The winners and losers of 2007 - Part One 24 Oct 2007
With all the excitement of the championship fight over the closing rounds, it has been easy to forget what has been going on further down the grid. Whose value has gone up this season, and who has found himself plummeting down the pecking order? We compared the 2006 and 2007 driver standings to discover the biggest movers - in both directions.
2006 - 17th, 2007 - 9th (+8)
There were flashes of brilliance in Nico Rosbergs 06 debut season, but a mixture of inexperience and poor reliability ultimately meant nine retirements and just four points. This year the young German has come of age, proving not only spectacularly quick, but also consistent. In qualifying his speed was awesome, humbling veteran team mate Alex Wurz as he made the top-ten shootout on no less than nine occasions. Some mature, aggressive racing meant he also took the bulk of Williams points (20 of 33) and he capped an excellent season with a career-best fourth place in Brazil. No wonder theres talk of him replacing Alonso at McLaren, should the Spaniard move on
2006 - 22nd, 2007 - 17th (+5)
Takuma Sato remains Japans most successful Formula One driver. He may not have qualified on the front row or finished on the podium this year (he has done so in the past), but he more than proved his worth. His 2007 season started superbly, when he gave Super Aguri their first top-ten qualifying result in Australia. He went one better in Spain, landing the fledgling team their first point. And in Canada he scored their best result to date, with an impressive sixth place. Thanks in no small part to Satos hard work, no longer are Super Aguri a permanent feature on the back row of the grid, rather genuine mid-field contenders.
2006 - 5th, 2007 - 1st (+4)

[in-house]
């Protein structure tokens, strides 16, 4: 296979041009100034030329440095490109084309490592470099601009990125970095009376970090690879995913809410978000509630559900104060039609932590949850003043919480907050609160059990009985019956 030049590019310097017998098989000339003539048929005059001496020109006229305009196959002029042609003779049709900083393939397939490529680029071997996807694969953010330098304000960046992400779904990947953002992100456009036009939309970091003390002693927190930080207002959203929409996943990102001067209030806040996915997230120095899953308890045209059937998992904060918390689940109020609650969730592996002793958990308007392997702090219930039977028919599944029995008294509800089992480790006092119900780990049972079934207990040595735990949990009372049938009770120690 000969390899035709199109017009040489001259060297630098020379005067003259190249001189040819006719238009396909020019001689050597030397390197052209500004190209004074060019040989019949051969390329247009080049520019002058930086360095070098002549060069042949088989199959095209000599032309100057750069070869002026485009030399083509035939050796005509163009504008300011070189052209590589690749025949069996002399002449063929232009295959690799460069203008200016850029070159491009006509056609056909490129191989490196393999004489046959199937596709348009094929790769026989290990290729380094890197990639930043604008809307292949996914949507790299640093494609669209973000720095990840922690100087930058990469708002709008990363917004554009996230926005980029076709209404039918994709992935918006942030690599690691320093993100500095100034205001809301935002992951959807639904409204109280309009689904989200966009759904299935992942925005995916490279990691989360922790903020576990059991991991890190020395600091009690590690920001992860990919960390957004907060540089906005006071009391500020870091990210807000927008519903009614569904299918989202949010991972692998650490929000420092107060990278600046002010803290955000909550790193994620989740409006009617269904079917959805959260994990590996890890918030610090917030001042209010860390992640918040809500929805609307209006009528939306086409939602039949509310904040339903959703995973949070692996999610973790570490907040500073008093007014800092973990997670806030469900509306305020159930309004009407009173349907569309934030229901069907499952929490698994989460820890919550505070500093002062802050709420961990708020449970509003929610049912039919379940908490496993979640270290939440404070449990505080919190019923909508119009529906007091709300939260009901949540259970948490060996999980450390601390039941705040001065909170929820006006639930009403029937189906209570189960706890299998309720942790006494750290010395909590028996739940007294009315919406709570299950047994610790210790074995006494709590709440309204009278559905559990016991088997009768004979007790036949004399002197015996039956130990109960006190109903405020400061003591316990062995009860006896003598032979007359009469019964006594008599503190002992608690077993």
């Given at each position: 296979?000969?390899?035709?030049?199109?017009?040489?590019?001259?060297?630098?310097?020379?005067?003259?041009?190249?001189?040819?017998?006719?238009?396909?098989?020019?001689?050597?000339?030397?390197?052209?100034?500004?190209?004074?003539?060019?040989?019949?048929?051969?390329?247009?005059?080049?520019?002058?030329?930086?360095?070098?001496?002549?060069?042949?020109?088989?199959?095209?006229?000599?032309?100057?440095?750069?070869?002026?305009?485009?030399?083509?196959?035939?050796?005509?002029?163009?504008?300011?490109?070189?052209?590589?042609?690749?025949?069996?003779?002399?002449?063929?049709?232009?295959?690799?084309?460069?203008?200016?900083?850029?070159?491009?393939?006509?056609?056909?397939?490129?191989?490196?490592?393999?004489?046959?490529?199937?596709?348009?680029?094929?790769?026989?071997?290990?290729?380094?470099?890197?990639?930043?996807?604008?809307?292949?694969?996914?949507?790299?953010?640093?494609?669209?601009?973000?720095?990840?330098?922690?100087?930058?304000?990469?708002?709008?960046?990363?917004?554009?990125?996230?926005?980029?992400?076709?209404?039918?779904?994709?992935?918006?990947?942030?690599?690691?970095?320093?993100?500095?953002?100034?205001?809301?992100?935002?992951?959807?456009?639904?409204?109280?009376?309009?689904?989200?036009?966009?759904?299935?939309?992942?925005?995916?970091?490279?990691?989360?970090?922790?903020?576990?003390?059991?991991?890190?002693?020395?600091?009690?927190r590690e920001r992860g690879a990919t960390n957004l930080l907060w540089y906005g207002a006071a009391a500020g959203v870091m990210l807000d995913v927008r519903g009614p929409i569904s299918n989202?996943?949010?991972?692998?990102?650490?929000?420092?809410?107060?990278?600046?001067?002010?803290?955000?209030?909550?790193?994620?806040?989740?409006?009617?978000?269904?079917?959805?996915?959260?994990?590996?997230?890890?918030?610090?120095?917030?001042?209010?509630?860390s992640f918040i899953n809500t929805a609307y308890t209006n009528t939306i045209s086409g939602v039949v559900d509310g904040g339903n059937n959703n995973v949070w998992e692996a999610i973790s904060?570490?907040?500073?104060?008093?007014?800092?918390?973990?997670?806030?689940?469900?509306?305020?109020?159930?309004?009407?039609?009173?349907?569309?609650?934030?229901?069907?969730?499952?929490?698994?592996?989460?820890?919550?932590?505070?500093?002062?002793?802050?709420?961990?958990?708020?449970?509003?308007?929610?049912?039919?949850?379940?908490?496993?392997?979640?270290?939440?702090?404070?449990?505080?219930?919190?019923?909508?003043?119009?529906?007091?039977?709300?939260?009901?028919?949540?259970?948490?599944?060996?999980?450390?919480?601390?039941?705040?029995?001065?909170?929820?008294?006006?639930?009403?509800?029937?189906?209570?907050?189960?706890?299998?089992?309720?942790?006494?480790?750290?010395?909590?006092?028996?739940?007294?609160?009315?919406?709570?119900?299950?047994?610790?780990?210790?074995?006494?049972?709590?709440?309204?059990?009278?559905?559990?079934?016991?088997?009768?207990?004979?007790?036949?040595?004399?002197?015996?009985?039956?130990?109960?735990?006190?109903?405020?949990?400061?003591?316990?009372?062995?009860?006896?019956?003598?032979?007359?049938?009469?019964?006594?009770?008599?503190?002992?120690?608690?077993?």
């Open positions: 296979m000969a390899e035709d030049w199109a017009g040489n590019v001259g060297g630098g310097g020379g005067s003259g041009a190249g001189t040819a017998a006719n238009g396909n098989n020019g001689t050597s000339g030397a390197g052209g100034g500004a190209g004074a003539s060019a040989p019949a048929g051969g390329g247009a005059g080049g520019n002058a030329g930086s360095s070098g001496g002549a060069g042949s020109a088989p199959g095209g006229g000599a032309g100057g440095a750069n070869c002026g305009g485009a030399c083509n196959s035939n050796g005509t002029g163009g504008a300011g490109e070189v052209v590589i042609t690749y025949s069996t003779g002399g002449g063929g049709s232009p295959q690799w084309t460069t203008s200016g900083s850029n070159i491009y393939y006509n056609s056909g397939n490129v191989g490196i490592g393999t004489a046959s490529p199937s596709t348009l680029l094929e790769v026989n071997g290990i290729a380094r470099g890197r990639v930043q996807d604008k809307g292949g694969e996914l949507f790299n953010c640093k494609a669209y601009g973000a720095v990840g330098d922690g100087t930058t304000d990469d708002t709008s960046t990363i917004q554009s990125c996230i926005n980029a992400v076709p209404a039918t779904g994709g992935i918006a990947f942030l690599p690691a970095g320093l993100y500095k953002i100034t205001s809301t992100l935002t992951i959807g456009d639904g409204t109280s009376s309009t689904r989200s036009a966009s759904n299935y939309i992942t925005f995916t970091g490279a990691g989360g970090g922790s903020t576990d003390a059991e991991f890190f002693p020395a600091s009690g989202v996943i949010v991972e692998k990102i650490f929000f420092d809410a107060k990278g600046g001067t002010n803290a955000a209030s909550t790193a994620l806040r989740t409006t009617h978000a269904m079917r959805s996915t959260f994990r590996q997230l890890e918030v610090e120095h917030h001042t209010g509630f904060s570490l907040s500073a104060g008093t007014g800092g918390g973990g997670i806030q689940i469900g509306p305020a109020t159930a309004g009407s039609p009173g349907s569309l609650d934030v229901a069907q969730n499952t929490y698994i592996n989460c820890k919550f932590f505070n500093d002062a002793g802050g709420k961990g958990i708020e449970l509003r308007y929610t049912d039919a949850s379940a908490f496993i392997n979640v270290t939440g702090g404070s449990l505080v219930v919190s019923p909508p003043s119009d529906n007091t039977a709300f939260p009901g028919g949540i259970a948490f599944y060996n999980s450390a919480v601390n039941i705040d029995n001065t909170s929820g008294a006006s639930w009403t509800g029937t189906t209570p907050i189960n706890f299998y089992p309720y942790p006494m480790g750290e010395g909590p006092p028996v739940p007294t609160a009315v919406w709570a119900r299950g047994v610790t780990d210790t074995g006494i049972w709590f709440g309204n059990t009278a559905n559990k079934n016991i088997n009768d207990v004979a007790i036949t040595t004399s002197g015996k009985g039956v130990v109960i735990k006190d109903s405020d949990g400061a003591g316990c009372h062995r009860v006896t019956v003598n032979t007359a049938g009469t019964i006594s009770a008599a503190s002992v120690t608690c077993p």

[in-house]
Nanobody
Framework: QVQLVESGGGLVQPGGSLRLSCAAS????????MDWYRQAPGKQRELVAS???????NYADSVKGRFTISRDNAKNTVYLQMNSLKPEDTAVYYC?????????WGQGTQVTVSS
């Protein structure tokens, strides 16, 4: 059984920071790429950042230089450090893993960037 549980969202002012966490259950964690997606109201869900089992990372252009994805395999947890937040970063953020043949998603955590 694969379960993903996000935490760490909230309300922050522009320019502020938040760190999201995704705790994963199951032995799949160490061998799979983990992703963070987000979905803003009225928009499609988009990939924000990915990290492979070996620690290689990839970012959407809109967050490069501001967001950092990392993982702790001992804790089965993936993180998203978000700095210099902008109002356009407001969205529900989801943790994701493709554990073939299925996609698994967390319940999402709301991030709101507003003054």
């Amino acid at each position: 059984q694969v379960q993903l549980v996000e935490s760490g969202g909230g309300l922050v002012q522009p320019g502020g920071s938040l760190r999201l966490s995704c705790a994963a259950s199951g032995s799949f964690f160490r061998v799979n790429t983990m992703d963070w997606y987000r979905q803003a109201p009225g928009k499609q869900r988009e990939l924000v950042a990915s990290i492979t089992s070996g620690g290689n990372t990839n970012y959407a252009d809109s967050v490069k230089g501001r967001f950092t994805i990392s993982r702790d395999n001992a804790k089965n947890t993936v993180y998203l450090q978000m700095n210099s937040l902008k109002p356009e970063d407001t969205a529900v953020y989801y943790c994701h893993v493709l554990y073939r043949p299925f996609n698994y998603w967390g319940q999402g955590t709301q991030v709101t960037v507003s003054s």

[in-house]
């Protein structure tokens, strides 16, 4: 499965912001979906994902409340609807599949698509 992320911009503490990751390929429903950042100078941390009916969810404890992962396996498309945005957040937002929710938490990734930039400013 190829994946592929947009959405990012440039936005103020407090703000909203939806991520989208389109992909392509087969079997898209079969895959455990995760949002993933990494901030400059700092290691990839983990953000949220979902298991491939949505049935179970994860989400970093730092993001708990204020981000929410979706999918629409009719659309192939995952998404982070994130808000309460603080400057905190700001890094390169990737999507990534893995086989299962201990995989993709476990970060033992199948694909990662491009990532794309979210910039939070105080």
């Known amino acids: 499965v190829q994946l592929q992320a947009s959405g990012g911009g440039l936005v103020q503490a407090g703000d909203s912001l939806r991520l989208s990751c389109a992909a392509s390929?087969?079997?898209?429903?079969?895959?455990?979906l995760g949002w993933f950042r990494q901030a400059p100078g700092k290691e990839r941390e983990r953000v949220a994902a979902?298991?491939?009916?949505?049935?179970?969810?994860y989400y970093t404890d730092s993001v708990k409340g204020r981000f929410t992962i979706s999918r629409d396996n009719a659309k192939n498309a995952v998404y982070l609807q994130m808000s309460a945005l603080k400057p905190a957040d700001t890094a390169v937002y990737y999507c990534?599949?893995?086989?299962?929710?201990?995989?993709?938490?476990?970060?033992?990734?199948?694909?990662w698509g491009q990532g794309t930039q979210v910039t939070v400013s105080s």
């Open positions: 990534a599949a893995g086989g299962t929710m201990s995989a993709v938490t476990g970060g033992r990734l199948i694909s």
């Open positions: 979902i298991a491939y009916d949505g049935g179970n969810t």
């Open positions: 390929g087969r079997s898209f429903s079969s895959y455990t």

What can you say about Kimi Raikkonen? We already knew he was a potential world champion and this year the right equipment at the right time finally enabled him to prove the point. And what a contrast to 2006. Then he failed to win a single race with McLaren. A year on and he has won six - and the drivers crown - with Ferrari, frustrating his former teams title aspirations in the process. He signalled his intent early on, with victory in the Australian opener, but from round two onwards he became the hunter rather than the hunted. Keeping his iceman cool throughout, only at the deciding round in Brazil did he regain the championship lead. The only downside - how does he top it in 2008?
2006 - 9th, 2007 - 5th (+4)
While his Ferrari and McLaren rivals were busy slugging it out for the title, Nick Heidfeld was quietly putting in one of the most assured and consistent campaigns of 2007. Having raised his game to tame hotshot team mate Robert Kubica, the experienced German was the mainstay of BMWs rise to second spot in the constructors standings. He qualified in the top eight at every round, and in the 15 races he finished, only once did he fail to score. He took second place in Canada (the teams best ever result), third in Hungary and was fourth on a further five occasions. In essence, he didnt put a foot wrong - remove the red and silver cars and Heidfeld was the class of the field. Not only that, with his new look of unkempt beard and seventies shades, he also became the coolest man on the grid.
Coming soon in Part Two - the 2007 losers.